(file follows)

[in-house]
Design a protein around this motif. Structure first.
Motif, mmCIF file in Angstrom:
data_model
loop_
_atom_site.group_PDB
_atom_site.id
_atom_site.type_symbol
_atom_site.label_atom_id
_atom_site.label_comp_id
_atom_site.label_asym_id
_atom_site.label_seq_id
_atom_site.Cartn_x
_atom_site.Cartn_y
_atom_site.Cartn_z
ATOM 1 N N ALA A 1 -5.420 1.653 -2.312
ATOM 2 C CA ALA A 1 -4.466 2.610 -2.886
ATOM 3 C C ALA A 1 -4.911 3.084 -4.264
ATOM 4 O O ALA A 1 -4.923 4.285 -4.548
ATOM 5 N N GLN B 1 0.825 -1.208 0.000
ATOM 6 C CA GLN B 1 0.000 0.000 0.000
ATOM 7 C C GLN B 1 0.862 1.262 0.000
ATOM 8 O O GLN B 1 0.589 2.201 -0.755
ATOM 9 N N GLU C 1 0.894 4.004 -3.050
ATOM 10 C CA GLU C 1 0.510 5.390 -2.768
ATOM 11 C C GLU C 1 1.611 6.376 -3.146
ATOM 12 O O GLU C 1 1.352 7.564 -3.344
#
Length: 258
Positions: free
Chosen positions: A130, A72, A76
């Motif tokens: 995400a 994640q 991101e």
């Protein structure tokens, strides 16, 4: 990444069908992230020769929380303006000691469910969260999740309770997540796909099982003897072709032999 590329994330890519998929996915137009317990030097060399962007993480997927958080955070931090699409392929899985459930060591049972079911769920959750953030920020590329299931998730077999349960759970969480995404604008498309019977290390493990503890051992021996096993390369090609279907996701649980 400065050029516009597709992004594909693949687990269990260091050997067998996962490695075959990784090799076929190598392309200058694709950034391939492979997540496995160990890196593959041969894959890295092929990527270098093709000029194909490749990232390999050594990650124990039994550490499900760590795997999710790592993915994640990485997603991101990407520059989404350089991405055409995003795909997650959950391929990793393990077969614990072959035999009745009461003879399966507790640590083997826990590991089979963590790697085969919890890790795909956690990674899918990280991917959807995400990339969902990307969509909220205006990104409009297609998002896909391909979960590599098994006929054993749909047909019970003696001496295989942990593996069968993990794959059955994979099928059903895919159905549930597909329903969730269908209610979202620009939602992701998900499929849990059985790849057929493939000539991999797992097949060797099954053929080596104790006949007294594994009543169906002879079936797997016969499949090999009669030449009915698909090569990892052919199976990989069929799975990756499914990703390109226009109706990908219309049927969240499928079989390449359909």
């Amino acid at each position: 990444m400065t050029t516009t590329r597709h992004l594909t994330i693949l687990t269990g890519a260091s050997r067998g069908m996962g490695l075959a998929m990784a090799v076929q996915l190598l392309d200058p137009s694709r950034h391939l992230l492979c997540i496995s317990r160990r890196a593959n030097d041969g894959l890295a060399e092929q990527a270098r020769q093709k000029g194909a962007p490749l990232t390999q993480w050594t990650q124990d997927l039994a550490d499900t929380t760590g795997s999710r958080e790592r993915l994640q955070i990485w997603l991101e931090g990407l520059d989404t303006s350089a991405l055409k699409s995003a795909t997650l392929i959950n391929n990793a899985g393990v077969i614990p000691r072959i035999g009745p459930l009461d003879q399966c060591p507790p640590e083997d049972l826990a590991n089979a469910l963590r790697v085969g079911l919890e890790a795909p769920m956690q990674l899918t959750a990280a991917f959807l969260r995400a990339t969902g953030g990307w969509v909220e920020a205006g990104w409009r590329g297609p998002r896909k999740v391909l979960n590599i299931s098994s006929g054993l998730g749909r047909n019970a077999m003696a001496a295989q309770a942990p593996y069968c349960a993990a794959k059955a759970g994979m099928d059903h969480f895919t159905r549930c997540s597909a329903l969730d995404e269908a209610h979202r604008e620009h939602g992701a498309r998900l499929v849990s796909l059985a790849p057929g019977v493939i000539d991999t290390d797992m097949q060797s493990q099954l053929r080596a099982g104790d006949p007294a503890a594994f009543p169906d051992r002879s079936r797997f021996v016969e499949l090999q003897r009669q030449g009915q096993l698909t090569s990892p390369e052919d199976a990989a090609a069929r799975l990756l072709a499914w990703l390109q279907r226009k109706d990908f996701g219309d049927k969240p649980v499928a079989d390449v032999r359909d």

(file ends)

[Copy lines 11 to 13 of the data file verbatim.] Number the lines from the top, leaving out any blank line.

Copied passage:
_atom_site.label_asym_id
_atom_site.label_seq_id
_atom_site.Cartn_x